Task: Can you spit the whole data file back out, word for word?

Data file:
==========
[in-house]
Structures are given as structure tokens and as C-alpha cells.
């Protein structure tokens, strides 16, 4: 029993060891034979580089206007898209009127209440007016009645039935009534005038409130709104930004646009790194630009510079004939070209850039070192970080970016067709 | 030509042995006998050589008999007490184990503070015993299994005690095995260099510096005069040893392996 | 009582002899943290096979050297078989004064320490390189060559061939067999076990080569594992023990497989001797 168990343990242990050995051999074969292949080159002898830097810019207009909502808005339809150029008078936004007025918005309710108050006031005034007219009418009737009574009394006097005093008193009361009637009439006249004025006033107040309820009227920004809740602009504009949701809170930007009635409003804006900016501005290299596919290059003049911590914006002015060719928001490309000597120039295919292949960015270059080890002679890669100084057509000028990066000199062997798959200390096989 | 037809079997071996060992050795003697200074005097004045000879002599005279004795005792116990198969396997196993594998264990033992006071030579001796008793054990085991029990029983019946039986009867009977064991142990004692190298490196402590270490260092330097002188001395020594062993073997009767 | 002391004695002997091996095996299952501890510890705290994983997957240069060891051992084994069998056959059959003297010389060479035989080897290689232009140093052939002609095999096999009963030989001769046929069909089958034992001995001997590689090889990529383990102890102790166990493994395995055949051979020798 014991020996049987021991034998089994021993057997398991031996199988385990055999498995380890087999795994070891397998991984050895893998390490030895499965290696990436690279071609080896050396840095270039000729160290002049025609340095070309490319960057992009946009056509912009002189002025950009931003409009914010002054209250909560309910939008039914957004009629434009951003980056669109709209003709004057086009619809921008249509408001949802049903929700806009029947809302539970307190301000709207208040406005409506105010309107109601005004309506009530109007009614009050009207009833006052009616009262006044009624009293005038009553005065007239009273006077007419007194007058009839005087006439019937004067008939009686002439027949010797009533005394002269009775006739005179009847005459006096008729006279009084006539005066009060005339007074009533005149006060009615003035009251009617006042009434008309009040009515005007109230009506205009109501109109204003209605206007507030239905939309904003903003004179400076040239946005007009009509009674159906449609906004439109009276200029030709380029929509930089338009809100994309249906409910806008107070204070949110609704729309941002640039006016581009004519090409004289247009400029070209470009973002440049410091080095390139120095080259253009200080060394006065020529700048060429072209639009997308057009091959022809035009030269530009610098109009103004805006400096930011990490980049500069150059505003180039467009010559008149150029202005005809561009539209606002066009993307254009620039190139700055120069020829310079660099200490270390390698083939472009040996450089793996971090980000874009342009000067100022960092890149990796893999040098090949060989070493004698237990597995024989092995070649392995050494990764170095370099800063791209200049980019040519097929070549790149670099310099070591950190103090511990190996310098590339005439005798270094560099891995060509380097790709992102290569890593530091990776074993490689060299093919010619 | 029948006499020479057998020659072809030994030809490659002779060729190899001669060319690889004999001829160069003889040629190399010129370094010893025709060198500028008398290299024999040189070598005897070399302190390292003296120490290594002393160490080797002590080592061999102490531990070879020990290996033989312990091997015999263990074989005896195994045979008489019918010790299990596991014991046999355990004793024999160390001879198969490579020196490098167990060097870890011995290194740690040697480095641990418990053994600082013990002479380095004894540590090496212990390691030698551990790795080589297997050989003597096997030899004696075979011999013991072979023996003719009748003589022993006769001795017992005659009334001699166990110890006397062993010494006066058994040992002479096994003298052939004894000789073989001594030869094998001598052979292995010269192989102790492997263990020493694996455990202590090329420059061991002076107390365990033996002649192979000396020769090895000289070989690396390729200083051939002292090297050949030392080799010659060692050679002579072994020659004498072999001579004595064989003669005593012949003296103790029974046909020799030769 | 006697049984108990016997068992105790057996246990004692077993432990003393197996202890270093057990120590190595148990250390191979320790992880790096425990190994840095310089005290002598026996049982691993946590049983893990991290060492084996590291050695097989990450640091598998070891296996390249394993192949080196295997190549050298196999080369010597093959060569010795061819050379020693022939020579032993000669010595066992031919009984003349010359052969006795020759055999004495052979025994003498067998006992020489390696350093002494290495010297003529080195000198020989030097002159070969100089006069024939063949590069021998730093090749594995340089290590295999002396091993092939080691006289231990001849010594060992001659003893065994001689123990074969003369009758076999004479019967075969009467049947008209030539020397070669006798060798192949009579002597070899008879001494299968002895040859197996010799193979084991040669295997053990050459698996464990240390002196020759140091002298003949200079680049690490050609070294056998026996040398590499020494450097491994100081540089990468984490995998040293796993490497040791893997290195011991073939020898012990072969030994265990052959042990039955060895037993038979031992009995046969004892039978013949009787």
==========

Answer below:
[in-house]
Structures are given as structure tokens and as C-alpha cells.
């Protein structure tokens, strides 16, 4: 029993060891034979580089206007898209009127209440007016009645039935009534005038409130709104930004646009790194630009510079004939070209850039070192970080970016067709 | 030509042995006998050589008999007490184990503070015993299994005690095995260099510096005069040893392996 | 009582002899943290096979050297078989004064320490390189060559061939067999076990080569594992023990497989001797 168990343990242990050995051999074969292949080159002898830097810019207009909502808005339809150029008078936004007025918005309710108050006031005034007219009418009737009574009394006097005093008193009361009637009439006249004025006033107040309820009227920004809740602009504009949701809170930007009635409003804006900016501005290299596919290059003049911590914006002015060719928001490309000597120039295919292949960015270059080890002679890669100084057509000028990066000199062997798959200390096989 | 037809079997071996060992050795003697200074005097004045000879002599005279004795005792116990198969396997196993594998264990033992006071030579001796008793054990085991029990029983019946039986009867009977064991142990004692190298490196402590270490260092330097002188001395020594062993073997009767 | 002391004695002997091996095996299952501890510890705290994983997957240069060891051992084994069998056959059959003297010389060479035989080897290689232009140093052939002609095999096999009963030989001769046929069909089958034992001995001997590689090889990529383990102890102790166990493994395995055949051979020798 014991020996049987021991034998089994021993057997398991031996199988385990055999498995380890087999795994070891397998991984050895893998390490030895499965290696990436690279071609080896050396840095270039000729160290002049025609340095070309490319960057992009946009056509912009002189002025950009931003409009914010002054209250909560309910939008039914957004009629434009951003980056669109709209003709004057086009619809921008249509408001949802049903929700806009029947809302539970307190301000709207208040406005409506105010309107109601005004309506009530109007009614009050009207009833006052009616009262006044009624009293005038009553005065007239009273006077007419007194007058009839005087006439019937004067008939009686002439027949010797009533005394002269009775006739005179009847005459006096008729006279009084006539005066009060005339007074009533005149006060009615003035009251009617006042009434008309009040009515005007109230009506205009109501109109204003209605206007507030239905939309904003903003004179400076040239946005007009009509009674159906449609906004439109009276200029030709380029929509930089338009809100994309249906409910806008107070204070949110609704729309941002640039006016581009004519090409004289247009400029070209470009973002440049410091080095390139120095080259253009200080060394006065020529700048060429072209639009997308057009091959022809035009030269530009610098109009103004805006400096930011990490980049500069150059505003180039467009010559008149150029202005005809561009539209606002066009993307254009620039190139700055120069020829310079660099200490270390390698083939472009040996450089793996971090980000874009342009000067100022960092890149990796893999040098090949060989070493004698237990597995024989092995070649392995050494990764170095370099800063791209200049980019040519097929070549790149670099310099070591950190103090511990190996310098590339005439005798270094560099891995060509380097790709992102290569890593530091990776074993490689060299093919010619 | 029948006499020479057998020659072809030994030809490659002779060729190899001669060319690889004999001829160069003889040629190399010129370094010893025709060198500028008398290299024999040189070598005897070399302190390292003296120490290594002393160490080797002590080592061999102490531990070879020990290996033989312990091997015999263990074989005896195994045979008489019918010790299990596991014991046999355990004793024999160390001879198969490579020196490098167990060097870890011995290194740690040697480095641990418990053994600082013990002479380095004894540590090496212990390691030698551990790795080589297997050989003597096997030899004696075979011999013991072979023996003719009748003589022993006769001795017992005659009334001699166990110890006397062993010494006066058994040992002479096994003298052939004894000789073989001594030869094998001598052979292995010269192989102790492997263990020493694996455990202590090329420059061991002076107390365990033996002649192979000396020769090895000289070989690396390729200083051939002292090297050949030392080799010659060692050679002579072994020659004498072999001579004595064989003669005593012949003296103790029974046909020799030769 | 006697049984108990016997068992105790057996246990004692077993432990003393197996202890270093057990120590190595148990250390191979320790992880790096425990190994840095310089005290002598026996049982691993946590049983893990991290060492084996590291050695097989990450640091598998070891296996390249394993192949080196295997190549050298196999080369010597093959060569010795061819050379020693022939020579032993000669010595066992031919009984003349010359052969006795020759055999004495052979025994003498067998006992020489390696350093002494290495010297003529080195000198020989030097002159070969100089006069024939063949590069021998730093090749594995340089290590295999002396091993092939080691006289231990001849010594060992001659003893065994001689123990074969003369009758076999004479019967075969009467049947008209030539020397070669006798060798192949009579002597070899008879001494299968002895040859197996010799193979084991040669295997053990050459698996464990240390002196020759140091002298003949200079680049690490050609070294056998026996040398590499020494450097491994100081540089990468984490995998040293796993490497040791893997290195011991073939020898012990072969030994265990052959042990039955060895037993038979031992009995046969004892039978013949009787």